Jump to content

  • Log In with Google      Sign In   
  • Create Account

We're offering banner ads on our site from just $5!

1. Details HERE. 2. GDNet+ Subscriptions HERE. 3. Ad upload HERE.

Simple beginner question (arctan, 2d angle stuff)

Old topic!
Guest, the last post of this topic is over 60 days old and at this point you may not reply in this topic. If you wish to continue this conversation start a new topic.

  • You cannot reply to this topic
3 replies to this topic

#1 Retro Owl   Members   -  Reputation: 169


Posted 11 January 2014 - 01:41 PM

I really suck at trigonometry, so this will be almost like an elementary school level question (hey, I'm a history major who's coding games for fun, what do you expect...).


My game uses 2d tile-based maps and at the moment I'm implementing a casting/shadowing/whatever's the name system so that tiles that aren't visible to the player (ones that are behind objects or walls) are not shown.


I have it otherwise done but I'm stuck with a very simple problem.


Basically what I need is a function that gives me the angle between two points (let's say point A and point B) on the map (I know there's no angle between two points, but you know what I mean). You tell the function the point coordinates x1, y1, x2 and y2 but it's very important that it should then return a value like this:


if Point B is directly above Point A, the function returns 0 (or 360)

if Point B is directly on the right side of Point A, the function returns 90

if Point B is directly below Point A, the function returns 180

If Point B is on Point A's left side, it returns 270.

(and in other cases it returns a value between these)


In short: I need a function that takes two points on the map (x1, y1, x2, y2) and returns a value that is converted into a number between 0 and 360, so that it follows the style presented above. I know I have to first count the delta values and I'm guessing I need to use Arctan or something, but I'm not sure how to do it and how to then convert the value into this 0-360 system that I'm looking for.


I wouldn't ask you to do my stuff for you, but I know this can be done in seconds when you know what you're doing. A simple function is enough, I'm sure I'll understand it once I see it, but feel free to give some extra pointers along the way.


If you need to use code (which you don't), please use pseudocode




PS. I promise to take a math class this year, if someone helps me.


#2 Brother Bob   Moderators   -  Reputation: 8454


Posted 11 January 2014 - 02:13 PM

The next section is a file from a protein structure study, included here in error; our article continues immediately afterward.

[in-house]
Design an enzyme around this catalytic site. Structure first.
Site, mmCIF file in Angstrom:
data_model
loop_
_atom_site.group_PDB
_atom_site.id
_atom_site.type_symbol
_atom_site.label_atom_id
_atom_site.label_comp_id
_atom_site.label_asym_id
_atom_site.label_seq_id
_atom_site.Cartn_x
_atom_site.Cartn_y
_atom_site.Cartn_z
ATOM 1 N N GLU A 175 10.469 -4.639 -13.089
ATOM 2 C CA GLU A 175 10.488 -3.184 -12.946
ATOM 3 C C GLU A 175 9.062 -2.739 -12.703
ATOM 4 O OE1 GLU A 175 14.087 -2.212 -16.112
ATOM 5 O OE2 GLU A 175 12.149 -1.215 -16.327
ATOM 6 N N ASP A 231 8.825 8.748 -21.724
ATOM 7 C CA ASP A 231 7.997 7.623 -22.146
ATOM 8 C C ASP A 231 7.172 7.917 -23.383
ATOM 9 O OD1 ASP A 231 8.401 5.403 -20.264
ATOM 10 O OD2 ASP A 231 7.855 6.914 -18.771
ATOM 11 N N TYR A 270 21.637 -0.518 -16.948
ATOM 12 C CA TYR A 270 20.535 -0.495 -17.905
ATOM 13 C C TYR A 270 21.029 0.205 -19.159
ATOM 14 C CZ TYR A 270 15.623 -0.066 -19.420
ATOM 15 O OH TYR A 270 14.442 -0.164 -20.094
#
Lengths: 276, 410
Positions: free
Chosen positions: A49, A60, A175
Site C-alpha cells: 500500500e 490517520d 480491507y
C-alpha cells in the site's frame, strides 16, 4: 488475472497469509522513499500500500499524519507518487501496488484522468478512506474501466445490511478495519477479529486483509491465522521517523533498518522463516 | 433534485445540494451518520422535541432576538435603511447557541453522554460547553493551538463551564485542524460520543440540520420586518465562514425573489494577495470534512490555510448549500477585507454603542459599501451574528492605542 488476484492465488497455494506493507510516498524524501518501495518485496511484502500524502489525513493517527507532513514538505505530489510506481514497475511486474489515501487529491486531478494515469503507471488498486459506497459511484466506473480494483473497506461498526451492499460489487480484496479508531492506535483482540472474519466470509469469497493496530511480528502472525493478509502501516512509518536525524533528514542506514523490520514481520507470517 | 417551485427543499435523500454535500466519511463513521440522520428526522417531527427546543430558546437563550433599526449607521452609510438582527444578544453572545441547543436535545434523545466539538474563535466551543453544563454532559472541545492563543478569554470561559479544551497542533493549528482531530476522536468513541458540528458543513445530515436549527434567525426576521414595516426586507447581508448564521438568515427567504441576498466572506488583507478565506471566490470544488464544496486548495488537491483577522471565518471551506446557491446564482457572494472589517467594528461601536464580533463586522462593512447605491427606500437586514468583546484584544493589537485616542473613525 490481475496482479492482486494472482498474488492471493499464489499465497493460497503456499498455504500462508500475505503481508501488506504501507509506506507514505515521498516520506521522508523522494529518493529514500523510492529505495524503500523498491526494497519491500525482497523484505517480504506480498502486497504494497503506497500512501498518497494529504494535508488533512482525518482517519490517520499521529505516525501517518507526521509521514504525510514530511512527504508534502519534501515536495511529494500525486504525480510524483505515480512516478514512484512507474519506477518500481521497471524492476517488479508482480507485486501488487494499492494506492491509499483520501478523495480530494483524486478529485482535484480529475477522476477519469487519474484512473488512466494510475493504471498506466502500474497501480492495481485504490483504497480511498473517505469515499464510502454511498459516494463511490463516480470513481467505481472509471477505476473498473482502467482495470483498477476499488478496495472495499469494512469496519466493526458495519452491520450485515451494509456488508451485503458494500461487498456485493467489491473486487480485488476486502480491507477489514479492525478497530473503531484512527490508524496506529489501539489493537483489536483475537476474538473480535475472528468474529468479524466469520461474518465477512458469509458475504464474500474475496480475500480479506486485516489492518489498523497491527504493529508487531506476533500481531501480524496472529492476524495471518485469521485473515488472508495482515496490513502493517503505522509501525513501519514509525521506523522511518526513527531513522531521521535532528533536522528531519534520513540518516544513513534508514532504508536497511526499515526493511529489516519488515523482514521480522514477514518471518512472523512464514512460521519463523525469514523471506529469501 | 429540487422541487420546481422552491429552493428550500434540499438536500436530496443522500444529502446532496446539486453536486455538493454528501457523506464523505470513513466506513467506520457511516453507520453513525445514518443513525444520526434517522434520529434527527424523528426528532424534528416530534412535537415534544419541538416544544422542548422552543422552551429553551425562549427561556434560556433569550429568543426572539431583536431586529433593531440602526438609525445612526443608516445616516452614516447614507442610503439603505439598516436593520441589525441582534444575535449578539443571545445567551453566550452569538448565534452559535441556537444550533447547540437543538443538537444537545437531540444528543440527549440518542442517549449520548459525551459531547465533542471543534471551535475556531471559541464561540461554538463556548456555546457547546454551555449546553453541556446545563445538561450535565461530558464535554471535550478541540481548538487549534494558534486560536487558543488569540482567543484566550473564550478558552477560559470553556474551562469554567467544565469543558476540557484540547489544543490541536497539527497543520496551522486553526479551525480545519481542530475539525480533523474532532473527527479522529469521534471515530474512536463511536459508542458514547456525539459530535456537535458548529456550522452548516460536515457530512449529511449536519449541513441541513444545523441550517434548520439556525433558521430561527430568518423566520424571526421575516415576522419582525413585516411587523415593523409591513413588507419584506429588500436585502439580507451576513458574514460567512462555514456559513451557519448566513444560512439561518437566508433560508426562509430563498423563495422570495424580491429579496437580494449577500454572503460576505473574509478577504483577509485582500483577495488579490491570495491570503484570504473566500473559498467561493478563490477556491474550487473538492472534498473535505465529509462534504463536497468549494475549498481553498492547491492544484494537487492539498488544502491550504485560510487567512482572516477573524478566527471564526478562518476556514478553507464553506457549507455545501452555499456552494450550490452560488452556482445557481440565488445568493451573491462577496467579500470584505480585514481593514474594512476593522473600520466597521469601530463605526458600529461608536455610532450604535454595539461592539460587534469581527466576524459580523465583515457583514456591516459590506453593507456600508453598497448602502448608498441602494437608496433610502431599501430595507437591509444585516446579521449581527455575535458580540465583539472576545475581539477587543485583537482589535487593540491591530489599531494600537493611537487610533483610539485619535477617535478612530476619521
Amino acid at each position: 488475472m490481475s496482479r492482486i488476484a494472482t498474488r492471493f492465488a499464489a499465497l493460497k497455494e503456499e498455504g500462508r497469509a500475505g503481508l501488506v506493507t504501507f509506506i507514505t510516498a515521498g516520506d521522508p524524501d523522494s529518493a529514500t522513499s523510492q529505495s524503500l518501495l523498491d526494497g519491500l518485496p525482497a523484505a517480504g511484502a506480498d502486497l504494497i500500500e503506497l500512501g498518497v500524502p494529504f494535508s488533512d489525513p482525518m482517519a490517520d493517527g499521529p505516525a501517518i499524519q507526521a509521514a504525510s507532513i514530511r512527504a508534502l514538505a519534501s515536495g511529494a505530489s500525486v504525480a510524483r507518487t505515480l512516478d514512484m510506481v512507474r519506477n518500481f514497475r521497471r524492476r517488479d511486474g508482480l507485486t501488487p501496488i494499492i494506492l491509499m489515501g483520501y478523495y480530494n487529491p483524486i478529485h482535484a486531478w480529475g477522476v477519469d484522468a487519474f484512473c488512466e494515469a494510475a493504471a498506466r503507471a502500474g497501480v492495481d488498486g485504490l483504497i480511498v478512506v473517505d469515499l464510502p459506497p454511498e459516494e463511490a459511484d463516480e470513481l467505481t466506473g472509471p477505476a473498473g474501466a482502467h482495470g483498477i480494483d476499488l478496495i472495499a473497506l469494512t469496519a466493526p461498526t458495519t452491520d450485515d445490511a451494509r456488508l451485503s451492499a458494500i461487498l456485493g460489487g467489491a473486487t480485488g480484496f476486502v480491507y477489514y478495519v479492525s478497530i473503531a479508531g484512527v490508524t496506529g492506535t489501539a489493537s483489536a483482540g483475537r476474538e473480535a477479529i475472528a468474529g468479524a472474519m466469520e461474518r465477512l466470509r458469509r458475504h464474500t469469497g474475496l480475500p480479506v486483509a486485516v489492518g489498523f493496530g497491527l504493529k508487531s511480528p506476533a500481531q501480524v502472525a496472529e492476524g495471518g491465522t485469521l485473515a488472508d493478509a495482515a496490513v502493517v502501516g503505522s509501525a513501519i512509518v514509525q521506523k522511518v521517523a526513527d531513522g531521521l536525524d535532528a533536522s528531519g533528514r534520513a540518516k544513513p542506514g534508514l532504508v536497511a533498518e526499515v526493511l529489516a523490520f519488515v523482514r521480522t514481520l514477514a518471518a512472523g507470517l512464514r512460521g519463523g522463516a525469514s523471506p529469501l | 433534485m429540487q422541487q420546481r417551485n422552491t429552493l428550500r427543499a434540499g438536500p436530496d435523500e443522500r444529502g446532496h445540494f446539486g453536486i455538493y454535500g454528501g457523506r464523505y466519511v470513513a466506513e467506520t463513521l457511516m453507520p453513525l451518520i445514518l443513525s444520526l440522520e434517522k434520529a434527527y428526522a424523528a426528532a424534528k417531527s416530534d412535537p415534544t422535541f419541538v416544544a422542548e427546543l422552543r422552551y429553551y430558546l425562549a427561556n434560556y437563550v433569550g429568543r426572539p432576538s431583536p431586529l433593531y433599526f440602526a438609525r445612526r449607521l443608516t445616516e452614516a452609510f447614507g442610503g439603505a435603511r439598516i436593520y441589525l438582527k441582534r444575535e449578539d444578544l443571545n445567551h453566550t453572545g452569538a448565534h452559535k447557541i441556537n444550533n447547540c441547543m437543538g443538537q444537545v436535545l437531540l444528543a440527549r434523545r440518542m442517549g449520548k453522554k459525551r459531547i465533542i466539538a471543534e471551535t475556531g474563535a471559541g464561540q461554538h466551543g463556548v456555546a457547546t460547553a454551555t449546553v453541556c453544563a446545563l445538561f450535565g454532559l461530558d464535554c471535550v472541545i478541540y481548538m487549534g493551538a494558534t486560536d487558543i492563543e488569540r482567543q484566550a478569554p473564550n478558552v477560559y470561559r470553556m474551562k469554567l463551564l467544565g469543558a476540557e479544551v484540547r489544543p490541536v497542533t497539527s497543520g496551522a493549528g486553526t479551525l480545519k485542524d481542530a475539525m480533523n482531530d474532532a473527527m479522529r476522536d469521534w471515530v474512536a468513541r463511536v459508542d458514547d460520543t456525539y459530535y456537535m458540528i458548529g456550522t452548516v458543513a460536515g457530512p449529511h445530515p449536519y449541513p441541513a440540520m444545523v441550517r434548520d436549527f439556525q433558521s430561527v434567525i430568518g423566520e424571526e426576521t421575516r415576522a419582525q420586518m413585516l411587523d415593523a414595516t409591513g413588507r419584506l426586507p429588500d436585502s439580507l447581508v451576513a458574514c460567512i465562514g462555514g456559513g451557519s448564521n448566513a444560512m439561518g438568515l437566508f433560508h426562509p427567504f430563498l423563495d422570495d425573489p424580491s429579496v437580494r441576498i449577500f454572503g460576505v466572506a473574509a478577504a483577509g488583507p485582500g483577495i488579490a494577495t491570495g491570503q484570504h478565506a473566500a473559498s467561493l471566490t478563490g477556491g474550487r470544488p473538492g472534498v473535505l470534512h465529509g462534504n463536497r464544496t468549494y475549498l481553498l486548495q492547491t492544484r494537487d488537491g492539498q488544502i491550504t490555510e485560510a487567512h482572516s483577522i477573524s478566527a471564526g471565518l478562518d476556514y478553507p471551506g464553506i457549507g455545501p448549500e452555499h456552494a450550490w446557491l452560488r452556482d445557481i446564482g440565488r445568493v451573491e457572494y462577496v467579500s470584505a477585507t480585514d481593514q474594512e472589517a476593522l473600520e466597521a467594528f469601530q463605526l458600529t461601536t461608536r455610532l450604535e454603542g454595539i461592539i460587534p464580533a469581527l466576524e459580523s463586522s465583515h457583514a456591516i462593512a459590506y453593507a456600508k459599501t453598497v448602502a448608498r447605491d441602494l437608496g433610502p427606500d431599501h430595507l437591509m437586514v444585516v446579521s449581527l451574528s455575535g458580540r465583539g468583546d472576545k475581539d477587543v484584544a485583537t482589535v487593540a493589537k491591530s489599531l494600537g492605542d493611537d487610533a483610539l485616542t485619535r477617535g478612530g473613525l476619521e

Before I answer the question on how to convert your vector to an angle, I will ask; does your problem actually require angles, or are you just going to convert that angle to another vector later on or perhaps what you're after is really the sine or the cosine of the angle? More often than not, the angles themselves are not what you should be looking for, a better solution often exist involving linear algebra and no trigonometry.

#3 Retro Owl   Members   -  Reputation: 169


Posted 11 January 2014 - 03:34 PM

I would say that yes, my problems requires angles. I'm sure there's a better way to do all of this, but if someone can help me with the conversion I'm looking for, then at least I know I'll be able to get this feature to my game. Definitely not in the best possible way, but in a way that works for me.


I'm essentially a self-learned rogue programmer, so ultimately I only care about getting things to work, no matter how ugly the code is. I'm also at the moment 100% focused on actually coding my game, so learning new stuff that takes a while to swallow is not in the cards for me right now.


I will definitely later look at some line of sight and field of vision tutorials that were already recommended to me, but now I'd just like to get that one function that does the conversion for me. But naturally I welcome all extra tips that you can give me.

#4 Brother Bob   Moderators   -  Reputation: 8454


Posted 11 January 2014 - 04:13 PM

Some things are fundamental knowledge, and I would classify linear algebra as one. So while I agree that a working hackish solution is better than no solution if you just want to get your program working, linear algebra is something I would recommend learning as soon as possible.


But, that aside, the atan2 function is what you're after in this case. It gives you a result on the full circle instead of just half a circle for atan. Your description of the results is ambiguous, though. I will assume that "above" means "along the positive Y-axis" and "right" means "along the positive X-axis".


Given the vector D=B-A from point A to point B, the bearing of the vector D according to your description is atan2(D.x, D.y).

Old topic!
Guest, the last post of this topic is over 60 days old and at this point you may not reply in this topic. If you wish to continue this conversation start a new topic.